We are also concerned about the situation in Western Europe: the development of parliamentary commissions to investigate and focus on new and unpopular religious faiths. In France, we see the National Assembly creating a report in which 172 objectionable religions are identified—including religions that are often in the main stream in other countries such as the United States.

We are concerned not just about the minority religions, but the majority religions as well that suffer from religious freedom concerns. For instance, in China, the Catholic Church suffers persecution. In many cases, of course, what is a majority in one country is a minority in another country. In Japan, were I have just come from the Christian faiths together amount to perhaps one percent of the population while Buddhism is the major religious faith. In contrast, here in Germany, Buddhism is undoubtedly a smaller religious group. I note with distress that many Buddhist groups are listed as objectionable cults in these government reports.

We see the parliament in Belgium issuing a report, which includes a listing of 189 objectionable groups. In Germany recently a case of the Pentecostal Church that was denied tax exempt status and benefits of religious status because it was asserted that they did not contribute to the public interest. There is of course, the Enquete Commission of the German Bundestadt, which is addressing the issue of so-called sects and so-called psycho-groups here in Germany. We are concerned about the creation of laws that intend to differentiate between the majority religions and the minority religions and do not apply the principle of neutrality to each religion.

The United Nations Rapporteur on Religious Freedom, Dr. Amor, recently visited Germany and issued a report on the status of religious freedom there. Among the issues that he raised, and that we want to emphasize, is the fact that government should not censor smaller religions. Small religions indeed face a climate of intolerance and suspicion. He encouraged a dialogue between the minority religions and the majority religious faiths in order to prevent and overcome this climate. He encouraged that tax and other laws be applied neutrally—apparently seeing a problem in that arena. He advised that there should be active efforts on the part of the German government to encourage tolerance for persons of many religious faiths that are not within the main stream. He also encouraged training of the media in tolerance. I am not sure how easy it is to train the media to do anything but these are all things that I think we want to emphasize and embrace in the course of our conference here.

We are looking forward to working with you over the next few days: to dialoguing together and learning together from the speakers that we have with us. Before I go, let me just mention two issues that I think are on our minds concerning Western Europe and the problem of religious freedom in Western Europe. One, is the definition of religion, which is used by many European governments and is, we believe, unnecessarily restrictive. Every government in Western Europe of course proclaims that there is religious freedom and we all respect that. Article IV of the German Constitution mentions religious freedom and the importance of religious freedom, but the reality is that religious freedom is determined by how one defines religion. If smaller religious groups including small Pentecostal groups, the Jehovah’s Witnesses, the Mormons or other small faiths are not considered religious, they will not be afforded the benefits of religious freedom. We are concerned that such a limiting definition is being applied too broadly.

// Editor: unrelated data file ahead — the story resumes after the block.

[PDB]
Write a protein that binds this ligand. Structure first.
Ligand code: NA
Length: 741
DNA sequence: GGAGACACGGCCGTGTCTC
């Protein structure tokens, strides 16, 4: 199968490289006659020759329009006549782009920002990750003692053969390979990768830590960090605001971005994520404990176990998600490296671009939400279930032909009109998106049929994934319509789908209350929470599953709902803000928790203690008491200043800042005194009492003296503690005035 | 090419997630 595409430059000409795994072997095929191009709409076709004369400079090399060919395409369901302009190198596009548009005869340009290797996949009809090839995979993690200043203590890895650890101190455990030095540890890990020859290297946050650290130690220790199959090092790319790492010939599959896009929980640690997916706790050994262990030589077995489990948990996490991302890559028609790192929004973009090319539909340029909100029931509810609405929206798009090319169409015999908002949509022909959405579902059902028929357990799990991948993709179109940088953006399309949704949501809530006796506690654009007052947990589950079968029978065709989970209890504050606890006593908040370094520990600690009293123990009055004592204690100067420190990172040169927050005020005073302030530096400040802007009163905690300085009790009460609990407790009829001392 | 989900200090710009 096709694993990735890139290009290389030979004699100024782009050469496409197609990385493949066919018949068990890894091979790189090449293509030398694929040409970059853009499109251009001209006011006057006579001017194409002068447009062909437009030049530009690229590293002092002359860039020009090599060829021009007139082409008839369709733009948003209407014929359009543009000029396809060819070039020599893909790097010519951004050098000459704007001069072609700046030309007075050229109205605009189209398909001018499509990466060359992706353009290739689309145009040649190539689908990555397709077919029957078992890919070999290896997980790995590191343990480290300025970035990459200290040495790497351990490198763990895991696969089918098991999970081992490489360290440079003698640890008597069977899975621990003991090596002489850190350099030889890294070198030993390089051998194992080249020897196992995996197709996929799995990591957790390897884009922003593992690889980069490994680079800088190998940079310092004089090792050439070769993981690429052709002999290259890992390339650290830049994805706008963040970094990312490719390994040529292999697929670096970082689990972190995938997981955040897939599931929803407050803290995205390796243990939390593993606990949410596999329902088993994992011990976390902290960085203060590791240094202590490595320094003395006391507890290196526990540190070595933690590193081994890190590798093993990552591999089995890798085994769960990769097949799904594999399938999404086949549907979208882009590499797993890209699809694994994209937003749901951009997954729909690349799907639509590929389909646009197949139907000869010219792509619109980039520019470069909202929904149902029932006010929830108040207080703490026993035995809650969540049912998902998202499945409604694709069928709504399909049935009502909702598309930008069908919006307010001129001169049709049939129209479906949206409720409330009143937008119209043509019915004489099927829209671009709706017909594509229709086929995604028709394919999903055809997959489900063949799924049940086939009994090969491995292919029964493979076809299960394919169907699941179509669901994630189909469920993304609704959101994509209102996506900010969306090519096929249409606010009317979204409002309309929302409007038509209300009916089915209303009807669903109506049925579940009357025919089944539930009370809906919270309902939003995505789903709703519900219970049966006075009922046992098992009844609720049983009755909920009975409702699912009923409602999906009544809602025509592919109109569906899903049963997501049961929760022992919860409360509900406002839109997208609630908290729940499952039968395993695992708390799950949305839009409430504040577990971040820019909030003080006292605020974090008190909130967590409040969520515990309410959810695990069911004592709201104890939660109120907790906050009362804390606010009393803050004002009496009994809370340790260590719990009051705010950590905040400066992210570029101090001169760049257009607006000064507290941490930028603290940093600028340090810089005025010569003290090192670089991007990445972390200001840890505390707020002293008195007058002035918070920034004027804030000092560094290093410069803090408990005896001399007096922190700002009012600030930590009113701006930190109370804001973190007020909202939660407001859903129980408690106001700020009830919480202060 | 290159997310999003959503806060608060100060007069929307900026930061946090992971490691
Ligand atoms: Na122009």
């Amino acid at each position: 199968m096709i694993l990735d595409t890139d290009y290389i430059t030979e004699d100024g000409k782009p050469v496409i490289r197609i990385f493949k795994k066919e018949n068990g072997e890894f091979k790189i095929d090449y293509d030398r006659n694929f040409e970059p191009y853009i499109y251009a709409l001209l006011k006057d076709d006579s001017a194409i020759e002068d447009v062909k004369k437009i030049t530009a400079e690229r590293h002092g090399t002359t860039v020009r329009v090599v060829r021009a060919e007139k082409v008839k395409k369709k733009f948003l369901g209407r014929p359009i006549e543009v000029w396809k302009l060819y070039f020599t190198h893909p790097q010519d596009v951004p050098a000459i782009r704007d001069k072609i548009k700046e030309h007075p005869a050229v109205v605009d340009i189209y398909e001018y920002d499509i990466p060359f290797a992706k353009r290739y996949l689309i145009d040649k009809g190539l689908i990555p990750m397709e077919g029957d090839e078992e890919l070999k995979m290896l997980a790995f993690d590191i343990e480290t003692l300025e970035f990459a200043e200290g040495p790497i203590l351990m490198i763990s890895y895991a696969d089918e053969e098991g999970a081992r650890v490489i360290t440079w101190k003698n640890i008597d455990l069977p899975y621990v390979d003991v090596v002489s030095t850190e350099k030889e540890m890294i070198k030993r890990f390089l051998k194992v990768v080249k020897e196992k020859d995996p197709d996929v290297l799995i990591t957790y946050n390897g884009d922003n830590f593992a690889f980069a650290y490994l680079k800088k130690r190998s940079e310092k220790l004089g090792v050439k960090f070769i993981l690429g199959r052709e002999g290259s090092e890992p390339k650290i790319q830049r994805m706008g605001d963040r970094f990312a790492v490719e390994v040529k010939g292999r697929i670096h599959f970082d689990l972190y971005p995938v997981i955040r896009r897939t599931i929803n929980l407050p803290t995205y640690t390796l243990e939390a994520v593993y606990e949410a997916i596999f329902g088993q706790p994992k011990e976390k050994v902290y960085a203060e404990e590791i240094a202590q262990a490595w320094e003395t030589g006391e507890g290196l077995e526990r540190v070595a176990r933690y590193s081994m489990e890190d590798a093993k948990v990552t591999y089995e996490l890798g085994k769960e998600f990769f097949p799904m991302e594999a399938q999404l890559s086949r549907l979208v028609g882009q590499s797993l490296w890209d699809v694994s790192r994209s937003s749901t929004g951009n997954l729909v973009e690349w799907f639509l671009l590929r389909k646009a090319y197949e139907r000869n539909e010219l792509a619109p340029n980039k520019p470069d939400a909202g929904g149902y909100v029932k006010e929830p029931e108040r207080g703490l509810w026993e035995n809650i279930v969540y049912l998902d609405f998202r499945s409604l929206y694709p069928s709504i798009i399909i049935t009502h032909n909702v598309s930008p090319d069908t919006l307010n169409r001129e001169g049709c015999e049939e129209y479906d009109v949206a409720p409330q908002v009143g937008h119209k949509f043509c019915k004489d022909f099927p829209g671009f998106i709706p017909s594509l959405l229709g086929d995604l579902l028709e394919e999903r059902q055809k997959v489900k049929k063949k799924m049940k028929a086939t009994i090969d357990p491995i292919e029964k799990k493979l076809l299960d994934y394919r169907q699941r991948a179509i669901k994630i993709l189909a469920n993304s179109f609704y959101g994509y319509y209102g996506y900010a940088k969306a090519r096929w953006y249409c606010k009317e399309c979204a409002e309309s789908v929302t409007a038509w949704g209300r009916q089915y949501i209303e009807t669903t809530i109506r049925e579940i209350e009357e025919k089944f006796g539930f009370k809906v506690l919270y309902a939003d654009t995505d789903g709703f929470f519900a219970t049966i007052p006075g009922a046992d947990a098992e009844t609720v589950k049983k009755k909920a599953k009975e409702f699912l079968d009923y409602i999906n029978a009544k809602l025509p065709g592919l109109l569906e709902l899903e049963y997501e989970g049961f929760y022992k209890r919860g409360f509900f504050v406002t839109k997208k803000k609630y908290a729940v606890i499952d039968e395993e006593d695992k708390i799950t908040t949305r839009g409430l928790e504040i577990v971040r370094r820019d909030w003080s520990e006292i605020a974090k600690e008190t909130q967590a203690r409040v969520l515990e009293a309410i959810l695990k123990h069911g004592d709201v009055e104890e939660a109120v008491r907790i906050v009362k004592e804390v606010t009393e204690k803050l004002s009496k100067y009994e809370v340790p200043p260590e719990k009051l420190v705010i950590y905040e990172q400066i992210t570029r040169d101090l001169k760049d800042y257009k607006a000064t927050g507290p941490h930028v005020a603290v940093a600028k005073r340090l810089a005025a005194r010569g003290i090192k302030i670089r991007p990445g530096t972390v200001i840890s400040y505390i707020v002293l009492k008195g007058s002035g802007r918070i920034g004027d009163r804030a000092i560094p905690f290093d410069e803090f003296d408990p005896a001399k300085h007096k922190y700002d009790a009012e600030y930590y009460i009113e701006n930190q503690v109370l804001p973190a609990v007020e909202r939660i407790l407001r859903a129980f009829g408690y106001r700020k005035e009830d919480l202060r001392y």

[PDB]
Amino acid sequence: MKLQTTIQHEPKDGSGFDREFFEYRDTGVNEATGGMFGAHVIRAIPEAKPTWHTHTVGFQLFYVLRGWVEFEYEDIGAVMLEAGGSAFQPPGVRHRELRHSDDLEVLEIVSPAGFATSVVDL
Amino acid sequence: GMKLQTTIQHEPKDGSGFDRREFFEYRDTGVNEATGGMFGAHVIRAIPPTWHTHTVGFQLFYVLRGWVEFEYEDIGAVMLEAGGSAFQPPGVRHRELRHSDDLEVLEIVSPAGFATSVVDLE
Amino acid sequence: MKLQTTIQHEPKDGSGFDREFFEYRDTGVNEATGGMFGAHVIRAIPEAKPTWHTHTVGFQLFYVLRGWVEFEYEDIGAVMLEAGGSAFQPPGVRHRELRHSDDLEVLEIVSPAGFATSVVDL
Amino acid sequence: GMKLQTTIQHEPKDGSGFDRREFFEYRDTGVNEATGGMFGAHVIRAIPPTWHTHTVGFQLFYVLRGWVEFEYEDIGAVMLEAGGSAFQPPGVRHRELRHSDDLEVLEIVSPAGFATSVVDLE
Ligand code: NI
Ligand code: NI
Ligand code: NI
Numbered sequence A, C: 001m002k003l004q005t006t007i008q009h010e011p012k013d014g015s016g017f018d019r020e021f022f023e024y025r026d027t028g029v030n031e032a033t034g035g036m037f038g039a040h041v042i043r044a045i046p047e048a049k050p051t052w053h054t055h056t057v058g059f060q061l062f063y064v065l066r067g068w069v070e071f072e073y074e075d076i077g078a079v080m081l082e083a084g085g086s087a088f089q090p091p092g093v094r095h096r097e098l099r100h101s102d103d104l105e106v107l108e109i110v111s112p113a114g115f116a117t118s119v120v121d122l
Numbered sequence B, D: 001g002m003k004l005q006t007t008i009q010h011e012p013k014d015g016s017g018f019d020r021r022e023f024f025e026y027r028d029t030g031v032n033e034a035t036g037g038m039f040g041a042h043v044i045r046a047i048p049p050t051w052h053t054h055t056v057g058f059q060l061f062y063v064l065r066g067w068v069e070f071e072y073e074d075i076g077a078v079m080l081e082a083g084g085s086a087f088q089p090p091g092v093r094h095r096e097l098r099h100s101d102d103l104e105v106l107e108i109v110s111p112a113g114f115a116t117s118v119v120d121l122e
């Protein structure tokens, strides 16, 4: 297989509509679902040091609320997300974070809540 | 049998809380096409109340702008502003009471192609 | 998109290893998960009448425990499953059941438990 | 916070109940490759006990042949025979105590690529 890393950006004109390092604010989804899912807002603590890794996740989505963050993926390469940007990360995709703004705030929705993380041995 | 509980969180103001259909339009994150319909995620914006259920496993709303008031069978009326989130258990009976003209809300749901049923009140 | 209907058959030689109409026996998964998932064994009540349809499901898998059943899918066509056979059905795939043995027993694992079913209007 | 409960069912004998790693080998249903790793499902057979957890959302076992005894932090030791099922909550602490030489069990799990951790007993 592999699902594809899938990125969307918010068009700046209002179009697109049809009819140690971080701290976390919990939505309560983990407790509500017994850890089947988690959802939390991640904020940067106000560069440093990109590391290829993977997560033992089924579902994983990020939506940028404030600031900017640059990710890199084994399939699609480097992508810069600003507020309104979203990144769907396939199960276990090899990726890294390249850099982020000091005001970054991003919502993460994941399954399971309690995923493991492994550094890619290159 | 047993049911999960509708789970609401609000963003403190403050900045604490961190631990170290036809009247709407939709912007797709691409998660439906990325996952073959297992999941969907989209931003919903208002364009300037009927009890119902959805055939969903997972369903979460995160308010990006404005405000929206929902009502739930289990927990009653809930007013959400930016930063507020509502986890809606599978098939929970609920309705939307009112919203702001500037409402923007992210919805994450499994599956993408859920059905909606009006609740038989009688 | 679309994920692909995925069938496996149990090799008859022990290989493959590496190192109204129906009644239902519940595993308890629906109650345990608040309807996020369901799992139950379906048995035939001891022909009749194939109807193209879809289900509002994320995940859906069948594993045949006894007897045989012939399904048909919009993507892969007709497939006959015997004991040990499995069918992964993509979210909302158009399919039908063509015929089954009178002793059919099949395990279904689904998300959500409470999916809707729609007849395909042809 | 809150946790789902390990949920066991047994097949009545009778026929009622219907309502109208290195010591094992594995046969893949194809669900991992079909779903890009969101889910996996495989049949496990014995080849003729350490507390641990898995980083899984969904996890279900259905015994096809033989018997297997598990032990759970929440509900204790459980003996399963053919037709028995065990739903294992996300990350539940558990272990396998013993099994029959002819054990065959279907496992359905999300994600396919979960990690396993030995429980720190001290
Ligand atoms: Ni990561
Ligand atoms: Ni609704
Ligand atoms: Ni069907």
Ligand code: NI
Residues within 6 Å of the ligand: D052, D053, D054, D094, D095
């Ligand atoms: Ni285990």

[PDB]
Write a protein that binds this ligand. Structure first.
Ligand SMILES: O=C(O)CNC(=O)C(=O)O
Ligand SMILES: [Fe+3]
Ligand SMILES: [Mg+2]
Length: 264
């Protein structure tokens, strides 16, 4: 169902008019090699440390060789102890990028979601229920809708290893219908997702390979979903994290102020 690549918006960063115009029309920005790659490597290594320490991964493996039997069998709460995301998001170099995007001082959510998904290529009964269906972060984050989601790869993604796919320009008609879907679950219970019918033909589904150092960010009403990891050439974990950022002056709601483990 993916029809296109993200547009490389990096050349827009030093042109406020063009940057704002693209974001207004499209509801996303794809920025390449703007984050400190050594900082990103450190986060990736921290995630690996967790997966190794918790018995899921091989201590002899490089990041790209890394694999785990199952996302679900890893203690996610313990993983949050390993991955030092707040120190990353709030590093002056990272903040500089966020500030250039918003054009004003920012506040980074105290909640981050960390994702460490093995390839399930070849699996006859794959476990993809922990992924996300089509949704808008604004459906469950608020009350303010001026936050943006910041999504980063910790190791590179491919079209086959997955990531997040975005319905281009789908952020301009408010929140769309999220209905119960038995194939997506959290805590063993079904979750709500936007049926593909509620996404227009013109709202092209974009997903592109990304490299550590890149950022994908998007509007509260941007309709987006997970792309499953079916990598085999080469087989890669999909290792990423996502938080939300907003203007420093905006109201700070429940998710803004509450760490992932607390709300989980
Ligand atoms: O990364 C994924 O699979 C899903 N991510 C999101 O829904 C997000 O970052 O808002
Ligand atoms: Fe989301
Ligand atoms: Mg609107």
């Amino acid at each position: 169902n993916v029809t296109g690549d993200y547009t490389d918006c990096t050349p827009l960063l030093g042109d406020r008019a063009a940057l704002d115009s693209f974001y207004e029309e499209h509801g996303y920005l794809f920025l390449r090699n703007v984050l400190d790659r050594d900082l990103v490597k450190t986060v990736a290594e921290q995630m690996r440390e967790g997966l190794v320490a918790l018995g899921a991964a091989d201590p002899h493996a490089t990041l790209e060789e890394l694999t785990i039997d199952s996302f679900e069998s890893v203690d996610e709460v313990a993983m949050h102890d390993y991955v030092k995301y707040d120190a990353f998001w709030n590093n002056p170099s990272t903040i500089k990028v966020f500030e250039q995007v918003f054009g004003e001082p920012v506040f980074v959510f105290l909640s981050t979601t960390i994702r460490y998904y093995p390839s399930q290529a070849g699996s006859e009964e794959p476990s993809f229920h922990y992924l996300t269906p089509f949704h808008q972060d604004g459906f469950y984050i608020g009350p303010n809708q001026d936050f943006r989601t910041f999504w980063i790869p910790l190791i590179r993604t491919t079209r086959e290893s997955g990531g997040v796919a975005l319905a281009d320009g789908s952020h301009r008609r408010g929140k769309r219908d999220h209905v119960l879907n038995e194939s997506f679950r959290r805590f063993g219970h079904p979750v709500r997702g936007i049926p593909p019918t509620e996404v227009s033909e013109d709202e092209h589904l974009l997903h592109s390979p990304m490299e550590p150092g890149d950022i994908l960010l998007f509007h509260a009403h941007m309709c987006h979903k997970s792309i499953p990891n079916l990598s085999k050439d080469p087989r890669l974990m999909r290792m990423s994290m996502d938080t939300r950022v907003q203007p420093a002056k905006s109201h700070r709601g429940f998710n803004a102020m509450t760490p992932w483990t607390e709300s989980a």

The American author, Tom Wolfe, defined a cult as any religion without political power. That is one of the problems. The majority religion in a particular country may not perceive the need for protection of religious freedom because they tend to have the political power necessary to insure their rights. The minority religious faiths are always the place where religious freedom concerns are most focused and have to be most focused because that is where the guarantees of religious freedom are tested most surely.

The second issue I want to raise is the notion of “public order.” Public order is an exception to the general religious freedom principle in many of the documents promulgated by the United Nations and under various constitutions. We are concerned that the notion of public order has been applied much too broadly. The governments of certain democracies have used the notion of preserving public order to squelch anything that is arguably an irritant. For instance, Jehovah’s Witnesses giving out their materials on the street, in a very broad sense, offends the public order because it may be distracting to people who are receiving the materials. We do not believe, however, that those sort of irritants should be considered violations of the public order in the context of international legal norms and documents regarding the basic human right of religious freedom. We are concerned about the misuse of that term and that notion with respect to religious freedom in Europe.

I thank you very much for your time and your participation and I look forward to meeting with you and to working together in this great cause for religious freedom. Thank you.